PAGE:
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Customer Review

on March 5, 2001
"[I]f travel is like love, that is, in the end, mostly because it's a heightened state of awareness, in which we are mindful, receptive, undimmed by familiarity, and ready to be transformed."
So observes Pico Iyer at the end of his foreword to this magical collection, adding that the above is also the reason that "the best trips, like the best love affairs, never really end. "Anyone who has traveled at least a bit, who has loved at least once, or who is ready to be transformed should read this book. High praise is due Don George and for gathering such a stirring and tantalizing collection of writings together: in forty short pieces not one dull or sappy note is struck.
For romance, the standouts of this collection are Maxine Rose Schur's "Passionate and Penniless in Paris," about the time she spent with her husband living in a van by the Quai de la Tournelle; Simon Winchester's "Romance in Romania" where the Rolls Royce he happens to be driving brings both him and a young Romanian girl into a beautiful moment that takes its romance from its very fleetingness; Iyer's own short, musical "Bewitched in Bali"; "Fade Into Blue," written in the third person by Amanda Jones; and most memorable of all, Laura Fraser's "Italian Affair," one of the most personal pieces in the book, but written completely in the second person (let's just say it begins with "Let's say your husband leaves you" and ends with her discovery of "la bella vita").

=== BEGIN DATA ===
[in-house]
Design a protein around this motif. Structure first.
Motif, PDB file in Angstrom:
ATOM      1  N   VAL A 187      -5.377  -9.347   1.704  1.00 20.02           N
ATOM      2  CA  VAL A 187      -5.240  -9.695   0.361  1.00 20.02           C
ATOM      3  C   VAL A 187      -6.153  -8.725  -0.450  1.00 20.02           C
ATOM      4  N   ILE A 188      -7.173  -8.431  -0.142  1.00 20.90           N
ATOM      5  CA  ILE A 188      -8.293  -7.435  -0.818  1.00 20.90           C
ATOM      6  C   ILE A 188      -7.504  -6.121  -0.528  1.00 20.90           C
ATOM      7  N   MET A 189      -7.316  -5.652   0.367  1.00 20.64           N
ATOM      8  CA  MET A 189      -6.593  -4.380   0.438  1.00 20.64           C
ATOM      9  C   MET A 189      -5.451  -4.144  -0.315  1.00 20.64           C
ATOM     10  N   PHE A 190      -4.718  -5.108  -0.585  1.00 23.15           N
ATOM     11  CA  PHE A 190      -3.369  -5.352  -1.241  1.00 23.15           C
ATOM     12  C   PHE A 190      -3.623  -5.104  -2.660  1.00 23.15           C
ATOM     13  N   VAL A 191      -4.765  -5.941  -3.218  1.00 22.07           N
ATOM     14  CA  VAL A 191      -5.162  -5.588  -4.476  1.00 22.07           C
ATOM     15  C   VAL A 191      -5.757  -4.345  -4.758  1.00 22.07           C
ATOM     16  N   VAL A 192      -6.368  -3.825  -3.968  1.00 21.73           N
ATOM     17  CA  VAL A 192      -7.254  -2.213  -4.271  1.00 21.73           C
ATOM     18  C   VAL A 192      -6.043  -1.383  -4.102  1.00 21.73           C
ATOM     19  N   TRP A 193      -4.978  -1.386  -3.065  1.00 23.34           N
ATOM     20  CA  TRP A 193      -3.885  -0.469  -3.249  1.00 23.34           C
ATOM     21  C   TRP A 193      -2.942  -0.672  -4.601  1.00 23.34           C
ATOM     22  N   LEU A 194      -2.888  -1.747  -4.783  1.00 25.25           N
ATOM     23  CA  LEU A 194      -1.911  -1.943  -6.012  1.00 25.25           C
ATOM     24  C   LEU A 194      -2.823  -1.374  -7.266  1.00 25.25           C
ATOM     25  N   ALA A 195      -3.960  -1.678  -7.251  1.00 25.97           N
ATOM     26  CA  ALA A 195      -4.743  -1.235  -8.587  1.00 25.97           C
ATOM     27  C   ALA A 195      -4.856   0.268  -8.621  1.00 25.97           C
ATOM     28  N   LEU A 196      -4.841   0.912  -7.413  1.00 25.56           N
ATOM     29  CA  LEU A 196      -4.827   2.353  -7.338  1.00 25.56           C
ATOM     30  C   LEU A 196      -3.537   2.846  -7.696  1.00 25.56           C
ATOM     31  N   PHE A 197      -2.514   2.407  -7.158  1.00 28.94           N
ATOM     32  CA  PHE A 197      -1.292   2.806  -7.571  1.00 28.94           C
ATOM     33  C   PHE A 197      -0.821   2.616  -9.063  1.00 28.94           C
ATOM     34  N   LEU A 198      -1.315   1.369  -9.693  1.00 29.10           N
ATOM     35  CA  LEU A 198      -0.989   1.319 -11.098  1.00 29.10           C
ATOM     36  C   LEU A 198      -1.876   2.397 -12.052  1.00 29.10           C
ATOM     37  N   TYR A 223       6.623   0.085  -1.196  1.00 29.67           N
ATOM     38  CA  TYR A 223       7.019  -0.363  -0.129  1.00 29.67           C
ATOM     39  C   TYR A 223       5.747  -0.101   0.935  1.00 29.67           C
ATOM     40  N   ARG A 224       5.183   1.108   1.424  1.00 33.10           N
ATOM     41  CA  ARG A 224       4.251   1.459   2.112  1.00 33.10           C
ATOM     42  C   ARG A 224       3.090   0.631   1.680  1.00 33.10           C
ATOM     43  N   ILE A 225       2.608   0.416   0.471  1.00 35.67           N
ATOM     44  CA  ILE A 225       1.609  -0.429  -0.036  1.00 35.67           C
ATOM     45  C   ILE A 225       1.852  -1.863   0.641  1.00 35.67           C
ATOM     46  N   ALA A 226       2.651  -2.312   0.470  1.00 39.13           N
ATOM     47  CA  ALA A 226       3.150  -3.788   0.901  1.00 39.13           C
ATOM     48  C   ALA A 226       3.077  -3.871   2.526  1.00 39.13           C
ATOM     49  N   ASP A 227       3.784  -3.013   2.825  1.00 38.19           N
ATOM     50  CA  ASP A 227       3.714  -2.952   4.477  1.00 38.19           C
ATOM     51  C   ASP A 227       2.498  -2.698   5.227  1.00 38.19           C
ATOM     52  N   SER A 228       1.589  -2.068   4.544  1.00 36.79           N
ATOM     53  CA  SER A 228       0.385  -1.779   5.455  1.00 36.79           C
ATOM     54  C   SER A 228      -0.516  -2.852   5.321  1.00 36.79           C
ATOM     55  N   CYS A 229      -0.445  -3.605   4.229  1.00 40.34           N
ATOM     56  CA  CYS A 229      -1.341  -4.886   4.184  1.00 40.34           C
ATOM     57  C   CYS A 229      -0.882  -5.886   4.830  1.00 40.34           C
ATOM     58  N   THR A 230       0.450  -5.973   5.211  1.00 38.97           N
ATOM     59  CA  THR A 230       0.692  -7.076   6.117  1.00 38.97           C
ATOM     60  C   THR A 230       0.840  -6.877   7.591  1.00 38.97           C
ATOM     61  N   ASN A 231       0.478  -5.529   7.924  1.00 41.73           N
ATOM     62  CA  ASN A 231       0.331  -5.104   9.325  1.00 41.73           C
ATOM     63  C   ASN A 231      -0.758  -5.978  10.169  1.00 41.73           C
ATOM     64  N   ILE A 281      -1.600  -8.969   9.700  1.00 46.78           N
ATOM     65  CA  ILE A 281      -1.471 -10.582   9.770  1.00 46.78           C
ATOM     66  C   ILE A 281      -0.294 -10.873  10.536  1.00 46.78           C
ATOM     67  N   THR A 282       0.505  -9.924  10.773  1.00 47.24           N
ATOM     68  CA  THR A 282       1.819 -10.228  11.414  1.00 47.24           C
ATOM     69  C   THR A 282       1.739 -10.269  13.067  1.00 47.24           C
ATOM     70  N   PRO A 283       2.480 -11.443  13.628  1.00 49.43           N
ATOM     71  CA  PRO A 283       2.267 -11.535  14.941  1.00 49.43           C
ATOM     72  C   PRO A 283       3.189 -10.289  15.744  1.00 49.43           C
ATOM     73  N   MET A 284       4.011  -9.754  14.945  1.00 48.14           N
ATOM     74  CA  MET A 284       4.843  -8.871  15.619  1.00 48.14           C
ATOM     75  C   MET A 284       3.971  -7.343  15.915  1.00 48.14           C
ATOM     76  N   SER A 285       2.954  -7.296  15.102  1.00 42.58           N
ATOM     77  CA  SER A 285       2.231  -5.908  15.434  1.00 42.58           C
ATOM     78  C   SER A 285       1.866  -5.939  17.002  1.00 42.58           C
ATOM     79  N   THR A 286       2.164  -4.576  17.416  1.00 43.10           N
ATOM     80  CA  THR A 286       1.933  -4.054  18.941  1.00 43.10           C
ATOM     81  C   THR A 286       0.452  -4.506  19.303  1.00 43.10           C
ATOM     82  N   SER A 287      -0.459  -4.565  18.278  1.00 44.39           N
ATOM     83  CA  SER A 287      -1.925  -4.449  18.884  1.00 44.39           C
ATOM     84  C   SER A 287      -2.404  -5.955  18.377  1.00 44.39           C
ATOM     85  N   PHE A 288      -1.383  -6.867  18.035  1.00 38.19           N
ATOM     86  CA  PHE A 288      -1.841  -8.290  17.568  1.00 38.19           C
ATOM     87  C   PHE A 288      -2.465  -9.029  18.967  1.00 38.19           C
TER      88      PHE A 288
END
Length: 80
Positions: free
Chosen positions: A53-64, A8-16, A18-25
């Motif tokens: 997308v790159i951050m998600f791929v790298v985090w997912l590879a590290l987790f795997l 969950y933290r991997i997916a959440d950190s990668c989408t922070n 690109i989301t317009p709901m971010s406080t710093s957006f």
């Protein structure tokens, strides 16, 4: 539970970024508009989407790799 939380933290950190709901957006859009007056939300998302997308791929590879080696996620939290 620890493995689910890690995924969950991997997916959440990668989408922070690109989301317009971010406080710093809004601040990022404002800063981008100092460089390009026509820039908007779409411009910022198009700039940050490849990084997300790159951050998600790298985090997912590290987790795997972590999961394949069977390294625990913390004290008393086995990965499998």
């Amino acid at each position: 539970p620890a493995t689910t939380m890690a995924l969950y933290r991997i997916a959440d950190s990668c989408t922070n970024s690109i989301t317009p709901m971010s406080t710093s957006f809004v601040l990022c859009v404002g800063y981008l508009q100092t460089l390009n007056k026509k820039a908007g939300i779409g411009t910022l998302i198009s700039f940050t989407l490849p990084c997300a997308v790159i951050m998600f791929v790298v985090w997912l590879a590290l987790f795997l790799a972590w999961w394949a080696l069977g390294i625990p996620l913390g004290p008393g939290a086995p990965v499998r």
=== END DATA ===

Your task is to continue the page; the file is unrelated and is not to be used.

Notable for their adventurous qualities are Bill Belleville's "Looking for Mr. Watson" in the heart of the Florida Everglades; Don Meredith's relaxed brush with death in "Sleeping With Elephants"; Jeffrey Tayler's not-so-relaxed brush with death in "Lost in the Sahara"; editor Don George's surprising fear of climbing Half-Dome in Yosemite while watching his 8- and 10-year-old children scamper up like squirrels--he not afraid for them, he's jealous of them; and Susan Hack's humorous "Tampax Nightmares."
Of course romance and adventure are not mutually exclusive, and many of the stories here exhibit both. The writers of SALON.COM'S WANDERLUST convey the sights, sounds, smells, tastes and feel of the places they go--both externally and inside their own heads. The reader is transported to all seven continents and several states of being (drunk on absinthe, crashing a motorcycle while on heroin, eating the ambrosial sauces of the Memphis World Championship Barbecue Cooking Contest). It will be hard to read just a quarter of these stories and not want to make your plane reservations, stuff a new notebook into your backpack and just go.
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